Working with the public to differentiate 
between facts and opinions in news

Note: A version of this piece first appeared in the Autumn edition of our member newsletter. Please consider subscribing to it here.

Journalism is frequently criticized for being ‘biased’, often because the distinction between news and opinion is not made clear to the reader.

Opinion articles are sometimes flagged by highlighting the writer’s name or including a photo. However, as news media seek to establish their brand, it is not unusual for beat reporters to have their photo along with their byline.

Other times, opinion articles are labelled as opinion, editorial, comment or analysis — terms that a study earlier this year by the American Press Institute found the public does not necessarily understand.

The result is that the reader is unclear whether the article is delivering the facts, a point of view, or something else. As a result s/he may conclude the paper or the reporter is biased. That take-away is trust-damaging, especially when the reader repeats that unchallenged assessment on social media.

The need to distinguish between news and opinion has been addressed as a widely accepted standard of journalistic practice. The Toronto Star states that sounds practice demands a clear distinction for readers between news and opinion.

All content, moreover, that contains explicit opinion or personal interpretation should be clearly identified as opinion or analysis, as appropriate. Similarly, the Canadian Association of Journalists calls for clear identification of news and opinion so that the audience knows which is which.

The public editors of the Globe and Mail and the Toronto Star have taken up this issue. However, the problem has not been resolved since the then-New York Times public editor wrote ten years ago about the challenges of — and need to — distinguish news from opinion.

According to the American Press Institute, labeling opinion pieces is ‘crucial’ to combating the allegation of biased journalism. It convincingly argues that labels on all opinion and news articles give readers “a road map to their content, instead of asking readers to interpret everything on their own”.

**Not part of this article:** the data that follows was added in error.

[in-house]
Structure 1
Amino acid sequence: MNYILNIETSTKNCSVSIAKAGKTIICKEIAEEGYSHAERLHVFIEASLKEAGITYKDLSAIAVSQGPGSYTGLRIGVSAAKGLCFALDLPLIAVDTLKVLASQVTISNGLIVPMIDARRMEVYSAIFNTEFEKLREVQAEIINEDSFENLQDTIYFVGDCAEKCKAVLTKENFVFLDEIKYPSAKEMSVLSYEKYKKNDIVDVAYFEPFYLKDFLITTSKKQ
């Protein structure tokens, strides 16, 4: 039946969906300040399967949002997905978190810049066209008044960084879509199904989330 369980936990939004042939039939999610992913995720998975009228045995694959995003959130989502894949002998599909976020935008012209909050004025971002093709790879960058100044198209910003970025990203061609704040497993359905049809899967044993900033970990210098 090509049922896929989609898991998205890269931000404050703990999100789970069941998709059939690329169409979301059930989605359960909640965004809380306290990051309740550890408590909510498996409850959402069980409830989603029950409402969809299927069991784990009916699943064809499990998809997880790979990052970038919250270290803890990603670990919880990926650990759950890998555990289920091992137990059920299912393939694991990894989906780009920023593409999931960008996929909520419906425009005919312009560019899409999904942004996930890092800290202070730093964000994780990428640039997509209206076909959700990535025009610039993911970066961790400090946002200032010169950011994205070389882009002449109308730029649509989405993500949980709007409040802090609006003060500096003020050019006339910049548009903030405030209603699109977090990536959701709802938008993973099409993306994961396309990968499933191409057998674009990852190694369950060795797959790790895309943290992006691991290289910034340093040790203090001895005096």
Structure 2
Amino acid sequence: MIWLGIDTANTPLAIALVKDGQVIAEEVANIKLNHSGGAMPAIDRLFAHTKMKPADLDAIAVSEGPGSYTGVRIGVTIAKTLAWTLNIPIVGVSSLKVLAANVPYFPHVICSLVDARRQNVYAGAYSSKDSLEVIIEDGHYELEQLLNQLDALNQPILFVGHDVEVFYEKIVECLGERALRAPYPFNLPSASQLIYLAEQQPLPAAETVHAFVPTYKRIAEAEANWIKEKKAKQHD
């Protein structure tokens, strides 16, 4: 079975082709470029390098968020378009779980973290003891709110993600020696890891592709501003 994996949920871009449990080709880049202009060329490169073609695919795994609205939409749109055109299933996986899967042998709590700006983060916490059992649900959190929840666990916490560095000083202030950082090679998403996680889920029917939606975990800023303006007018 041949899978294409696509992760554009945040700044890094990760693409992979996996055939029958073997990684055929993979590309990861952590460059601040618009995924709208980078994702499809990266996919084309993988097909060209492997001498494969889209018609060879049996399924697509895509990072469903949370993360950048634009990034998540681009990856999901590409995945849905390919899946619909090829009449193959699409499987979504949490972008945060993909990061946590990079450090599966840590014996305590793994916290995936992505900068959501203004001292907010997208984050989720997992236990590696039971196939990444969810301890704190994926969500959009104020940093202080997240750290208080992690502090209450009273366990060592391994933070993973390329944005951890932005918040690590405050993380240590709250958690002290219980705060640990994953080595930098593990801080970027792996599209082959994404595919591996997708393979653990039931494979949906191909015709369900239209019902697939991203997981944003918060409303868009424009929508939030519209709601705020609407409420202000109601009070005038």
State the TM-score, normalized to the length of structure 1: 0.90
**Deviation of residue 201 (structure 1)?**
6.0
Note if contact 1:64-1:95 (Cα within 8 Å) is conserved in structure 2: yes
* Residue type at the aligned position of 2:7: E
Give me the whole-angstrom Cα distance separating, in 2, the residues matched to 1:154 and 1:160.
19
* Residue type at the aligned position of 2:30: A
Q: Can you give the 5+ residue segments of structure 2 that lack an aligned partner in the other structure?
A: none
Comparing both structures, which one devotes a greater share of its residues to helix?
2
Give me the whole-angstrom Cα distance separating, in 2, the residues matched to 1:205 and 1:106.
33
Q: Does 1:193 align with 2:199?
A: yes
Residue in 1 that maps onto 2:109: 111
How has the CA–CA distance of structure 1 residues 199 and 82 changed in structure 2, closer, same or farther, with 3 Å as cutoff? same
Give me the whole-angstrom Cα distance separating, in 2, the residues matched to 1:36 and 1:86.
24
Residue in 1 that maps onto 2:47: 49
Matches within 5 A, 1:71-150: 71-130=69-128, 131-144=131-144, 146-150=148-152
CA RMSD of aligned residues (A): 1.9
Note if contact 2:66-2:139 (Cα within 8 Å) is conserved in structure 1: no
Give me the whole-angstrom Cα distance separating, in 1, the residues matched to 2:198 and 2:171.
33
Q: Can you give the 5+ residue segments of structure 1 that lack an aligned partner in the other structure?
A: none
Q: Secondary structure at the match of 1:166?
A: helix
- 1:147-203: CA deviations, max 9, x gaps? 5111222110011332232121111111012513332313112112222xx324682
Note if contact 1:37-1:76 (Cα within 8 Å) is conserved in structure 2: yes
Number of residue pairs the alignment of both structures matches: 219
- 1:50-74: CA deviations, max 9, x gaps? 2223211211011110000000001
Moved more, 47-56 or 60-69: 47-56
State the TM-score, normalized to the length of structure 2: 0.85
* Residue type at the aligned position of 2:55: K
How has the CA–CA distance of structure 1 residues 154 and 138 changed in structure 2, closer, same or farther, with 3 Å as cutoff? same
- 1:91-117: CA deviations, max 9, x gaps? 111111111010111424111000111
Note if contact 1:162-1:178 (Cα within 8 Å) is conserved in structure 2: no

Trust in the news faces another hurdle when consumers conflate talk shows and news that are part of 24/7 cable programming. One reader described it as “hour after hour of reporters telling us what they think about the people in the news instead of reporting the news.” A lack of clear distinction for those who tune in may confuse analysts, pundits, or ‘experts’ with reporters.

Recently, the NNC issued a decision that underlined the opinion-or-news issue. In Lascaris vs Toronto Sun, an opinion article was flagged by including the writer’s name in capital letters in the headline, but the article itself was filed as “news.” The NNC said that lack of clarity could leave the reader confused about the nature of the article, and could damage the trust readers have in the media.

The NNC supports best practices that employ strong, consistent measures to distinguish news from opinion articles. Members may have good practices and ideas about what that looks like: different colour or different font, labels for every article, consistent placement, standard agreement on terms like analysis or opinion, explainers for readers, expanded codes of ethics, and other helpful distinctions that improve reader understanding — and trust.

— Pat Perkel is the executive director with the National NewsMedia Council of Canada.

This story was edited by: Brent Jolly, editor, Acts of Journalism. He can be reached at: bjolly@mediacouncil.ca

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